Silent film legend Theda Bara looks stunning as “Cleopatra” in 1917. The costumes she wears could rival those of Elizabeth Taylor. Her intense stare into the camera lens in the publicity is inciting. The stills alone sell the film so well. Unfortunately, we may never her acting talents in that particular film again. Cleopatra is a ‘lost film’. Unfortunately, some movies are lost to the void forever. We have records of them existing and we even have stills from some of them. But copies of the films are missing.
A lost film is any film where no copies of it exist, yet there is a validated record of the production being published. There are often mentions of these films in administration or financial records. In some cases promotional material and behind the scenes photos exist. When a film that has scenes or reels missing is considered partially lost. With some talkies, the negatives came with a separate disc for the audio. In some cases, accompanying sound is missing, meaning the film is unwatchable in it’s intended state.
Why films get ‘lost’
In 1937, New Jersey was experiencing a heatwave. Temperatures soared to 100 °F. A passing truck driver noticed flames emerging from a warehouse. It was the Fox Film Vault. He alerted the fire brigade but by the time they arrived the fire was out of control. The fire spread to neighbouring houses, killing a thirteen-year-old. The fire also destroyed most of Fox’s film archive, rendering hundreds of films lost. The cause of the fire? Film Nitrate “self-combusting”.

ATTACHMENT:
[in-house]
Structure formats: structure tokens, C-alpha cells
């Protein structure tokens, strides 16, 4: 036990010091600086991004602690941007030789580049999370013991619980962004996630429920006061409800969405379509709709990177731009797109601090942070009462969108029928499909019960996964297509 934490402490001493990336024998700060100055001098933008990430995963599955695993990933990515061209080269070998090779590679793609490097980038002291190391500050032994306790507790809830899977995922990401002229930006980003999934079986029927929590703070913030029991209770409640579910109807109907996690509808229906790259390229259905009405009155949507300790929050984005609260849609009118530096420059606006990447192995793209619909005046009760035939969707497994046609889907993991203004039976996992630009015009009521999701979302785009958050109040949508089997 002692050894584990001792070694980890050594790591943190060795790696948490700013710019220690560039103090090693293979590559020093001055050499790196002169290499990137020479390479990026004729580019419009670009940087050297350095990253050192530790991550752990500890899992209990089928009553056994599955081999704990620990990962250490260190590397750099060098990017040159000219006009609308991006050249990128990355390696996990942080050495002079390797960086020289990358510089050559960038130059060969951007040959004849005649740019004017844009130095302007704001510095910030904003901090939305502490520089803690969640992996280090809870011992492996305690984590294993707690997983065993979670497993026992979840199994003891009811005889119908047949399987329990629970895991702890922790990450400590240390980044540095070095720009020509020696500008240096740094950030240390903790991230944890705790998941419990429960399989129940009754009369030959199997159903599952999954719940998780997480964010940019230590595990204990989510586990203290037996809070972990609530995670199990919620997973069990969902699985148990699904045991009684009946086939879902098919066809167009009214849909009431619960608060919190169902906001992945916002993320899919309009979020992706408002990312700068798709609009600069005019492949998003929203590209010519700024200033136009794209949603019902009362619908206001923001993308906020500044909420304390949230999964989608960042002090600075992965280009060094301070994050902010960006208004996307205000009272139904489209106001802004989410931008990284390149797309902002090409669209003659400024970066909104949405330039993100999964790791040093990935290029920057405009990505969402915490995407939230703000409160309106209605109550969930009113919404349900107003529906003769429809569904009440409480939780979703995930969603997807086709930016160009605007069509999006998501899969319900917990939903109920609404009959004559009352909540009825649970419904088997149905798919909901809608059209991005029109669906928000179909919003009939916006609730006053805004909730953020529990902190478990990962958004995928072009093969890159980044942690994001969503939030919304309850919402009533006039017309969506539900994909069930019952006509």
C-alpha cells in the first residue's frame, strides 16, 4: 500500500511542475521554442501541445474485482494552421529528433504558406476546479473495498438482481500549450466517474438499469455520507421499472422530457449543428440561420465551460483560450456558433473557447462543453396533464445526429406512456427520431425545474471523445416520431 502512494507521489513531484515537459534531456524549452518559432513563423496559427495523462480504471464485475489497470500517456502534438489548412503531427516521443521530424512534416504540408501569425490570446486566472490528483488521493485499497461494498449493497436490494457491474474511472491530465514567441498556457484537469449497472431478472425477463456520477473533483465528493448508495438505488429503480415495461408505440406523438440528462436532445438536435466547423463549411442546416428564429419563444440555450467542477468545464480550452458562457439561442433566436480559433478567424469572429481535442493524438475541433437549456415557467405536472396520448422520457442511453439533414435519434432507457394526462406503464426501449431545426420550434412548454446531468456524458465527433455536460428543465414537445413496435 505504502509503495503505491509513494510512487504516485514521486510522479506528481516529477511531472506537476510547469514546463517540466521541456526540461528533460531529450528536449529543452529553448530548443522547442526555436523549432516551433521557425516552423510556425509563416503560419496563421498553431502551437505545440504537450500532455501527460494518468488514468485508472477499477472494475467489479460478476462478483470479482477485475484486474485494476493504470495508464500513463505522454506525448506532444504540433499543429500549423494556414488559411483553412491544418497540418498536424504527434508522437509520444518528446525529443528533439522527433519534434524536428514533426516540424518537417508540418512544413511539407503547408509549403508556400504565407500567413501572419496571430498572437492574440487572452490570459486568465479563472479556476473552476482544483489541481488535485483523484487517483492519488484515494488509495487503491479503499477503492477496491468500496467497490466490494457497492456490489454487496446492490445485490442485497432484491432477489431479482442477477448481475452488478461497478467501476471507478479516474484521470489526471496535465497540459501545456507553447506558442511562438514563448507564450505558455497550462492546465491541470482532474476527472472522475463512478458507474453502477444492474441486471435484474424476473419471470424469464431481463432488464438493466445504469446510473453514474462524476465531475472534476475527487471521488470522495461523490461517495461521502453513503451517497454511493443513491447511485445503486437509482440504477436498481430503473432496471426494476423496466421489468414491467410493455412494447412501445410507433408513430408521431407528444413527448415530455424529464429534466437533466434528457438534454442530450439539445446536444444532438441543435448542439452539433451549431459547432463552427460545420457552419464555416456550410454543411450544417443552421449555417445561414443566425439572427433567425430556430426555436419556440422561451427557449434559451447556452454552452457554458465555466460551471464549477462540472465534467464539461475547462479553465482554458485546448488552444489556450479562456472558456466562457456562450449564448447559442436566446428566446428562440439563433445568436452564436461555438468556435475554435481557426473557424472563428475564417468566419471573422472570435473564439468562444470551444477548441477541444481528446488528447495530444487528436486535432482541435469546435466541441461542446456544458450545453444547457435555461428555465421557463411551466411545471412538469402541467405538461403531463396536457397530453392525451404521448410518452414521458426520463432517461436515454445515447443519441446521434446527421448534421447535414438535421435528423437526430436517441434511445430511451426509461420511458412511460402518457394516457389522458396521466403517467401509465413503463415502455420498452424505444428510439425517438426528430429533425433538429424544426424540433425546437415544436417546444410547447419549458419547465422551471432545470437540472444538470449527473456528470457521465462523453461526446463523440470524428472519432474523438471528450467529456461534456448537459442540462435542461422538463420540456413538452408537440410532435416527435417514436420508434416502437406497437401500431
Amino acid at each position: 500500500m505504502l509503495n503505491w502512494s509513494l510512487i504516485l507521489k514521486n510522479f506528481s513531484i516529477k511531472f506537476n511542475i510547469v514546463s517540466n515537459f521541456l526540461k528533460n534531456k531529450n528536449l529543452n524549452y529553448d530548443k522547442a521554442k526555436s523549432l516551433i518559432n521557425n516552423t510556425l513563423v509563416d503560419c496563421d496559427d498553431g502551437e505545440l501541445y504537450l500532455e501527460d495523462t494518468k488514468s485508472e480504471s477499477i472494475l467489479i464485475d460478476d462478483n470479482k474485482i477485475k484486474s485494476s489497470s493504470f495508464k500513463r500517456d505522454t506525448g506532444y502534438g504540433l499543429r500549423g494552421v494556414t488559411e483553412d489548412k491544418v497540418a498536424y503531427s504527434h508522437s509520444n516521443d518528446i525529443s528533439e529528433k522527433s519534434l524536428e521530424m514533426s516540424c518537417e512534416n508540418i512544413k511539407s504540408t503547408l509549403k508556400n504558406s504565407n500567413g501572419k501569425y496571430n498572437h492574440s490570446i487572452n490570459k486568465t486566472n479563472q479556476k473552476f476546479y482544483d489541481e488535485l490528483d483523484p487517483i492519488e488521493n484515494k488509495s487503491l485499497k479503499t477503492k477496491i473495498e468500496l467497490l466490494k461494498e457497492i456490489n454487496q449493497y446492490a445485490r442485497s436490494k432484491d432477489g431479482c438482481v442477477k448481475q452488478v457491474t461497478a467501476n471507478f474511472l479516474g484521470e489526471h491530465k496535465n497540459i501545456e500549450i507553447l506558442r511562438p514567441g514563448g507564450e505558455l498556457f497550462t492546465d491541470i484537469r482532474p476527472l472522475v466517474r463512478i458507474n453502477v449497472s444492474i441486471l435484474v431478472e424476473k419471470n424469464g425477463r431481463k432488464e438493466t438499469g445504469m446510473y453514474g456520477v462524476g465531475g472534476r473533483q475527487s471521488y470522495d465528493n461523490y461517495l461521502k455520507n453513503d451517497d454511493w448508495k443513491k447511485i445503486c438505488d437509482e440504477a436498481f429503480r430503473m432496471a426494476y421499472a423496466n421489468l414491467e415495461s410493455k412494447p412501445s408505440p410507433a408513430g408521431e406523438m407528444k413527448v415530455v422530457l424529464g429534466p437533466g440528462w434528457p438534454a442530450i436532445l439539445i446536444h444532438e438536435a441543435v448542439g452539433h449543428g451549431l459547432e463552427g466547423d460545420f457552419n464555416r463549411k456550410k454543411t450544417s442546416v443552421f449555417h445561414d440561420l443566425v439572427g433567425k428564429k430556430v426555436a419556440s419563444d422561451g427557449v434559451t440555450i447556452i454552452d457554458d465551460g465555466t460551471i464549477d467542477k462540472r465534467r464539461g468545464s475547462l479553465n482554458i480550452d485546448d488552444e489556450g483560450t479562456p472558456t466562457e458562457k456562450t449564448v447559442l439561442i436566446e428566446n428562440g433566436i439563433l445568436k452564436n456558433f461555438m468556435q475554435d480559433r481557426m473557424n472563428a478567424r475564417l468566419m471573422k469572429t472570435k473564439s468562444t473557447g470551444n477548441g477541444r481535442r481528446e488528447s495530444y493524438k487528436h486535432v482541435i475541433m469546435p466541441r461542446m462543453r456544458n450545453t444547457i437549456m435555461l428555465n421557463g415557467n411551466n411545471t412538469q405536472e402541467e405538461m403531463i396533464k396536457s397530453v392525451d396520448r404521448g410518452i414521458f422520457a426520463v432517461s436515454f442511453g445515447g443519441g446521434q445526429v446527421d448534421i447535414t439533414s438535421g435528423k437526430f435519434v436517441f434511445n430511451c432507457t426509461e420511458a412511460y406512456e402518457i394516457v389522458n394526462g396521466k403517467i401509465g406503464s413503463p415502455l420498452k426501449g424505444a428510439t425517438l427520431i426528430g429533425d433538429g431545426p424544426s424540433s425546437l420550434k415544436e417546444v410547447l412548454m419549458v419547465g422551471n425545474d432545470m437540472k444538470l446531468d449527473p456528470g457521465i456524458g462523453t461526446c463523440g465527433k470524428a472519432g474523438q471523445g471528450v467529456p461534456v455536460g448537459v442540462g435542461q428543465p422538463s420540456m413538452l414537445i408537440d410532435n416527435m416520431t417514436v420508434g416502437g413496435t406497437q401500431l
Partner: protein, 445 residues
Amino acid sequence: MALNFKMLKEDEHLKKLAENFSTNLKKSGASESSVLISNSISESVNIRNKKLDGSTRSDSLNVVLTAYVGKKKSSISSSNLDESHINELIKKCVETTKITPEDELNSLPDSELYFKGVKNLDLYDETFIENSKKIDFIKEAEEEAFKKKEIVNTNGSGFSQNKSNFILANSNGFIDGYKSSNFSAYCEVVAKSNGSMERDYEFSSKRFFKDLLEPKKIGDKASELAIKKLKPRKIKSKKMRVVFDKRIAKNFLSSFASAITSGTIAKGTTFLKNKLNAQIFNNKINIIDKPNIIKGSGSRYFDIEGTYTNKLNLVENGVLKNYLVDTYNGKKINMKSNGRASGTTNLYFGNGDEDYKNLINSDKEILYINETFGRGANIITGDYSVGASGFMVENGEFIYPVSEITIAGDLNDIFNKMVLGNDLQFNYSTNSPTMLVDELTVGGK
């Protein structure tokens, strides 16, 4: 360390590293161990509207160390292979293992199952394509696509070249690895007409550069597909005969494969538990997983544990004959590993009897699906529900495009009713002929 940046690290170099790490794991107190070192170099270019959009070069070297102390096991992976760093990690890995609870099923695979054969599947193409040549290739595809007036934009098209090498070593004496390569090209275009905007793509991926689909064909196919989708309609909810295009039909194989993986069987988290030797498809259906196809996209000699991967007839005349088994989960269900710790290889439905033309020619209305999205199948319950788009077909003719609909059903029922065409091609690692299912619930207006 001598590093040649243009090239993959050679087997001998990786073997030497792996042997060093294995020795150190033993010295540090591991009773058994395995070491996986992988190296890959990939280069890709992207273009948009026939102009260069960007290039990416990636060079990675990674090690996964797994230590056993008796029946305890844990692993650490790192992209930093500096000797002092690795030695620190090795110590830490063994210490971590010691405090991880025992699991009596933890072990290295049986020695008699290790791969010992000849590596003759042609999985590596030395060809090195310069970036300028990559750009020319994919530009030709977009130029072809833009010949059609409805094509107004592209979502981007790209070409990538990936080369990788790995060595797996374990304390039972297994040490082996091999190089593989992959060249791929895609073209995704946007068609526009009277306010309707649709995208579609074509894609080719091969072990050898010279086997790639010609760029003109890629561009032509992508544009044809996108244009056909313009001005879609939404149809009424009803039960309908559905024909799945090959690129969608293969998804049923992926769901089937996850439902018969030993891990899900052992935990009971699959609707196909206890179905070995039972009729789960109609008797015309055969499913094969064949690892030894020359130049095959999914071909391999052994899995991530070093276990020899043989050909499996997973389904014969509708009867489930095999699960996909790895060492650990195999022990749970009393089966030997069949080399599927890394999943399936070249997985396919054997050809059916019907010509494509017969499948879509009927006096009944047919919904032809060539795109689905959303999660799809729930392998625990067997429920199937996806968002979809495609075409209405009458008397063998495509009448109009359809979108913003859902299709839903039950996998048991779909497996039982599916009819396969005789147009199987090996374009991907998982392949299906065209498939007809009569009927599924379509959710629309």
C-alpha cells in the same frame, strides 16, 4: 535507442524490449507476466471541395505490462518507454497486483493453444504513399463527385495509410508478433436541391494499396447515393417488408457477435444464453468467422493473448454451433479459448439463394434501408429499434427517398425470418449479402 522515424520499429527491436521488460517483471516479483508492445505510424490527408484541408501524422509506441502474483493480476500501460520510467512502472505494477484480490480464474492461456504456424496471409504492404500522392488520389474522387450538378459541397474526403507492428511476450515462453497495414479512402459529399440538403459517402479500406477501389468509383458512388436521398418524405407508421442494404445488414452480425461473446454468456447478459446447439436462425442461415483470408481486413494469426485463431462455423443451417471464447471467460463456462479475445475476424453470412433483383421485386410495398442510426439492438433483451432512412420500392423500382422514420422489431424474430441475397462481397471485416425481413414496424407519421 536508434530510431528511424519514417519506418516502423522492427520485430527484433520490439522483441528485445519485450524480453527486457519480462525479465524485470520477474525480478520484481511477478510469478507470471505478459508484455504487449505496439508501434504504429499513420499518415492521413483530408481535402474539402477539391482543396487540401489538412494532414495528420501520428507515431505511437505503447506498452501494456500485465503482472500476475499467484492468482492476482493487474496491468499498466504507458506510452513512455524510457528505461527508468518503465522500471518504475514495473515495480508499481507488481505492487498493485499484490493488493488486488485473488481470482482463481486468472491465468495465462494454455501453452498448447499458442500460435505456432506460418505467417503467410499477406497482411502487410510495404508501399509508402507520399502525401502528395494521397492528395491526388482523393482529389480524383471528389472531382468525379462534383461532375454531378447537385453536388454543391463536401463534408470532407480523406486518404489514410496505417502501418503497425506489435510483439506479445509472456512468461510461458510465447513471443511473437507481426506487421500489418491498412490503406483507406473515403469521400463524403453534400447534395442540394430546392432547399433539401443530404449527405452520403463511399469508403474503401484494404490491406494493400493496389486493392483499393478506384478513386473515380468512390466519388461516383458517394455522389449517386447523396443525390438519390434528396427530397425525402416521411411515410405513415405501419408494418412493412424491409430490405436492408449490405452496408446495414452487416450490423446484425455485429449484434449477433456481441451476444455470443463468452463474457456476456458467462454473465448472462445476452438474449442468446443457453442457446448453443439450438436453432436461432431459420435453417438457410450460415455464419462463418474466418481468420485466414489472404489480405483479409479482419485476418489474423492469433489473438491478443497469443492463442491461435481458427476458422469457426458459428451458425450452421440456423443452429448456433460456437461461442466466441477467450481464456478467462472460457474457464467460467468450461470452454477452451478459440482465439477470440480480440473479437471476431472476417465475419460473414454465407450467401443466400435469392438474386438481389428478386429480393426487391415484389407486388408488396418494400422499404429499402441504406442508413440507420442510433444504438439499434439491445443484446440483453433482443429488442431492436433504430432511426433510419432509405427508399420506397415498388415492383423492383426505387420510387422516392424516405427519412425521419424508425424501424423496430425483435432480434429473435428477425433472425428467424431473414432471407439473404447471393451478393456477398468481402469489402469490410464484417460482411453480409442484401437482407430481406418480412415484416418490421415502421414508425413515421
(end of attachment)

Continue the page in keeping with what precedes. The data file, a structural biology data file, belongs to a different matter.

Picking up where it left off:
Nitrate film is prone to corroding and decaying over time. When coupled with constant high temperatures, film negatives can catch fire. The Fox warehouse had terrible ventilation. During the heatwave, the heat inside would have been unbearable. In hindsight, it’s little surprise that the negatives caught fire. Additionally, Film Nitrate is highly flammable, even when wet. That caused the fire to spread to uncontrollable levels in a small amount of time. Fox wasn’t the only film warehouse to suffer from fires. MGM, Universal and more have suffered their own, similar fates.
But, fires weren’t the only cause for lost films.
Decaying film stock lead to the destruction of films over time. The decaying of film negatives is part of the reason some silent films look so scratchy and poor quality today. The vast majority of silent films did not go into cinemas like that. The decay can be unpredictable as some late 1890 films are still in perfect condition. Although Kodak invented a safer type of film in 1909, it became brittle after a few years of use. But, as storage space for such films became an issue, film studios began to question the value of such films.
Film reels are big and expensive to store. Many studios decided to destroy film stock to save space. Initially, silent film was a novelty with no future as entertainment or art. Studios destroyed some early films after the crowds lost interest or newer versions came along. By the late 1930s, silent movies became commercially unviable. Cinema audiences preferred talkies to silent films. Some silent movie negatives got recycled for their silver content or were destroyed to save space. In some cases, actors have had their entire careers erased from history.
Lost films are a heartbreaking part of film history. The race to preserve existing films is on. The good news is films are being rediscovered. Some are hidden away in attics and storage vaults, with some people not quite sure what they are. Film preservationists are working tirelessly to save the existing film stock. By highlighting the plight of silent films, we can save these small parts of our history.